Scientists using Ebola virus to fight brain tumours
Ebola is one of the deadliest viruses known to humans with fatality rate varying from 25% to 90%. Now scientists at Yale University say Ebola can help in treating lethal brain tumours like Glioblastomas. These are difficult to treat and kill more than 10,000 people a year. Most cancer cells can’t induce an immune response against invading pathogens like viruses. But using deadly viruses against cancers can lead to dangerous infections. So, scientists are creating and testing chimeric viruses. These are artificially created, using a combination of genes from various viruses. Chimeric viruses can target cancer cells without affecting normal healthy cells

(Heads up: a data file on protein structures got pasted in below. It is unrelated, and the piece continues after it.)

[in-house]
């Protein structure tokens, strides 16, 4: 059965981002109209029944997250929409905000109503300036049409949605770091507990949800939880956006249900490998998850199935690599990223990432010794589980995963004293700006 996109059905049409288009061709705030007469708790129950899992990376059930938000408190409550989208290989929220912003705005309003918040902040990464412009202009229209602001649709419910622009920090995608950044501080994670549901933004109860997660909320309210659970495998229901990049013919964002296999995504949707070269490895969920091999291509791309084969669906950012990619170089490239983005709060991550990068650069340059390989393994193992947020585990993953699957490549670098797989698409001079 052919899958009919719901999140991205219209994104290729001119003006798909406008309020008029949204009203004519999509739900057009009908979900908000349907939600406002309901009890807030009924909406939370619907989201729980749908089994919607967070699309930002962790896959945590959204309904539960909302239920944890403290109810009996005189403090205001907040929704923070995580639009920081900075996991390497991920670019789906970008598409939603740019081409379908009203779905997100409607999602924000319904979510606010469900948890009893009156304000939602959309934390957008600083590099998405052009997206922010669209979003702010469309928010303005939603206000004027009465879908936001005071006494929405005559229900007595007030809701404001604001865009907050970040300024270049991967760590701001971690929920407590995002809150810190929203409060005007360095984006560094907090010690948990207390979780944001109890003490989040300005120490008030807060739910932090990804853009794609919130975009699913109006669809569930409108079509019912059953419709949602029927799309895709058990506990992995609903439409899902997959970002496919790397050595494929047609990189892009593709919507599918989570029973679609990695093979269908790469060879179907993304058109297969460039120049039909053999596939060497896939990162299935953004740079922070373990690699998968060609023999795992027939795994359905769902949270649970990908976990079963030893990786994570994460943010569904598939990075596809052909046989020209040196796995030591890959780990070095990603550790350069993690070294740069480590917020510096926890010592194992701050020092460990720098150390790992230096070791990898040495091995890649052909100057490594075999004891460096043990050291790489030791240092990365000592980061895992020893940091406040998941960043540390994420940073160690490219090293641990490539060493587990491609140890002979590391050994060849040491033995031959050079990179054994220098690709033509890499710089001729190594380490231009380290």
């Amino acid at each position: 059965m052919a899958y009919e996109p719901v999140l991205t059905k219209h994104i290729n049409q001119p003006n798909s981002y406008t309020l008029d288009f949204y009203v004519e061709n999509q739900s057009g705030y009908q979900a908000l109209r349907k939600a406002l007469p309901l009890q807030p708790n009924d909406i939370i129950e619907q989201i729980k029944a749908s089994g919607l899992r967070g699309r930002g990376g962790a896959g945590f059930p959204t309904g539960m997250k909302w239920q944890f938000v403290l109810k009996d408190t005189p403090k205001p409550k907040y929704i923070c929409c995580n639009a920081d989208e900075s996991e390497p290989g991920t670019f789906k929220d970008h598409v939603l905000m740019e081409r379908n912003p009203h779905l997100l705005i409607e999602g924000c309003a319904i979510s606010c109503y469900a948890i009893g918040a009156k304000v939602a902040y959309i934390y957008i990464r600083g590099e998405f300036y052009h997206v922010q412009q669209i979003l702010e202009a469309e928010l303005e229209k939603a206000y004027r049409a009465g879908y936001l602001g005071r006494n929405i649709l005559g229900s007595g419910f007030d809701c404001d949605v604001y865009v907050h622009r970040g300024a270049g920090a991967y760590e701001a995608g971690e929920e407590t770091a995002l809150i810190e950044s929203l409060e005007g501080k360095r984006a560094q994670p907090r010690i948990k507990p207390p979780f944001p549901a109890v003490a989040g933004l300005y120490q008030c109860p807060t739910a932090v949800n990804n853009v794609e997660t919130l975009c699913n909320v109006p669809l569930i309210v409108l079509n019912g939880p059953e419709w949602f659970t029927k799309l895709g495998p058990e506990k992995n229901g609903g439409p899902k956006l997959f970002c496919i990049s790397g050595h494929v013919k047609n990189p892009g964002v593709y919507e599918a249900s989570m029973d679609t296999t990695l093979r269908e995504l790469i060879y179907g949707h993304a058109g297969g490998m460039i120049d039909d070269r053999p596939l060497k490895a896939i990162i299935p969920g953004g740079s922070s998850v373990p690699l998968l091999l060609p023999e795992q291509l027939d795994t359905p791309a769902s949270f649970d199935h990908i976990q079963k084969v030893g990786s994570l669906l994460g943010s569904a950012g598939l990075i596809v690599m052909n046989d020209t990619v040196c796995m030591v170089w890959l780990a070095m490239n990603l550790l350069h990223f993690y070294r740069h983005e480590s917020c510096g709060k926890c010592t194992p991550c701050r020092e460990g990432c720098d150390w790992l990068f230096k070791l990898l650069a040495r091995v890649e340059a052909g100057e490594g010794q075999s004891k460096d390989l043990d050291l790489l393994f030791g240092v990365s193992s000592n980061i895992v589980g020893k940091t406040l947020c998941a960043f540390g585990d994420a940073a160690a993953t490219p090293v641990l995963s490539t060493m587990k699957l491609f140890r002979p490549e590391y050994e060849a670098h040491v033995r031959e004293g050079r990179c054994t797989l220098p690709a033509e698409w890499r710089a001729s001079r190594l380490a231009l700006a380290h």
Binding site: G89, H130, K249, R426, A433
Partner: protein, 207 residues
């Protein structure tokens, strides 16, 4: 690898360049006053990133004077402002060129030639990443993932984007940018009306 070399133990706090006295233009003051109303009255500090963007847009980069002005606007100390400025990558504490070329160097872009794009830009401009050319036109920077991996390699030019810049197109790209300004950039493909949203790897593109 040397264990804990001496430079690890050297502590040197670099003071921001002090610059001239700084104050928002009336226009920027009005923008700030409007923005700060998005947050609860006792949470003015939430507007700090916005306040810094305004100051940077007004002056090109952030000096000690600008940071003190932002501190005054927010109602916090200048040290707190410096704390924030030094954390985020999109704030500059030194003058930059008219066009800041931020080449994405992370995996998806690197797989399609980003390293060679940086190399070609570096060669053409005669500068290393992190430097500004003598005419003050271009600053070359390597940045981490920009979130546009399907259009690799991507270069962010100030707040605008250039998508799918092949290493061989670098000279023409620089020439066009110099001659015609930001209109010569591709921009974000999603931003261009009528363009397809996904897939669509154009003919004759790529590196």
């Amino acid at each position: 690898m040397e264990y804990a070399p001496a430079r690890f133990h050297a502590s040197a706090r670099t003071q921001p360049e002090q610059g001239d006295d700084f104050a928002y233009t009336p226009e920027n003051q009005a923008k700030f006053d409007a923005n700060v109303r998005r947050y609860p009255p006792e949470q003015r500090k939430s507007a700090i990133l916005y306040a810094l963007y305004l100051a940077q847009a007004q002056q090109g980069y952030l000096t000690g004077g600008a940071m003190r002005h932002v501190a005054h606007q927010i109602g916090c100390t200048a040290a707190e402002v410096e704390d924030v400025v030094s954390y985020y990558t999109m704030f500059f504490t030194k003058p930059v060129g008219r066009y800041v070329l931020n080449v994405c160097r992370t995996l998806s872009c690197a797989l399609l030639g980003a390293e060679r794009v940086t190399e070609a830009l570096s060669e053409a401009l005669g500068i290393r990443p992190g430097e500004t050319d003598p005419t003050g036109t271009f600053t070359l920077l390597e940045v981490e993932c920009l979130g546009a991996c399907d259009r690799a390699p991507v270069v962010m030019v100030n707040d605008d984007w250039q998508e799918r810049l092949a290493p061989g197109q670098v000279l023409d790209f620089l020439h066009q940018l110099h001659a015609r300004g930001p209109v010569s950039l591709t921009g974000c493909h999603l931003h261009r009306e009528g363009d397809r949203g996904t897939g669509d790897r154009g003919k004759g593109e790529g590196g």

Scientists used one of the 7 genes of Ebola. It’s a glycoprotein with a mucin-line domain (MLD) to create chimeric viruses. The MLD helps Ebola hide from immune systems. Scientists injected chimeric viruses with MLD into brains of mice with Glioblastoma. The MLD helped to selectively kill the tumour without spreading rapidly to other cells. Scientists hope to combine such viruses with cancer surgeries for better results.